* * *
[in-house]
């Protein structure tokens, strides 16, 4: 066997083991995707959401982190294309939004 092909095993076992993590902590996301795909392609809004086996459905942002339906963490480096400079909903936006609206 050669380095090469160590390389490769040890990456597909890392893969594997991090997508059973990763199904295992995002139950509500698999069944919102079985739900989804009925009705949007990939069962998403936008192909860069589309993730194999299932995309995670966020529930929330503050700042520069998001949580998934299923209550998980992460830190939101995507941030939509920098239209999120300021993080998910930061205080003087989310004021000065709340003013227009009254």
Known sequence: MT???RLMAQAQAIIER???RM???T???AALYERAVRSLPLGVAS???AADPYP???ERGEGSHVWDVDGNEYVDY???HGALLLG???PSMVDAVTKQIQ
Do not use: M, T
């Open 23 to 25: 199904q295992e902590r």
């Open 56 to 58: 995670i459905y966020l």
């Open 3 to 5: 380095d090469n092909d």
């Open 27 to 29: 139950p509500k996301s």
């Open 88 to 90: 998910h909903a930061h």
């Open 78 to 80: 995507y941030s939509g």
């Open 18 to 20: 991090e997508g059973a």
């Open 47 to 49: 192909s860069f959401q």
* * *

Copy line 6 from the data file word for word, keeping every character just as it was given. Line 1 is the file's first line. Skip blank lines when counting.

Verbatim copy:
């Open 56 to 58: 995670i459905y966020l």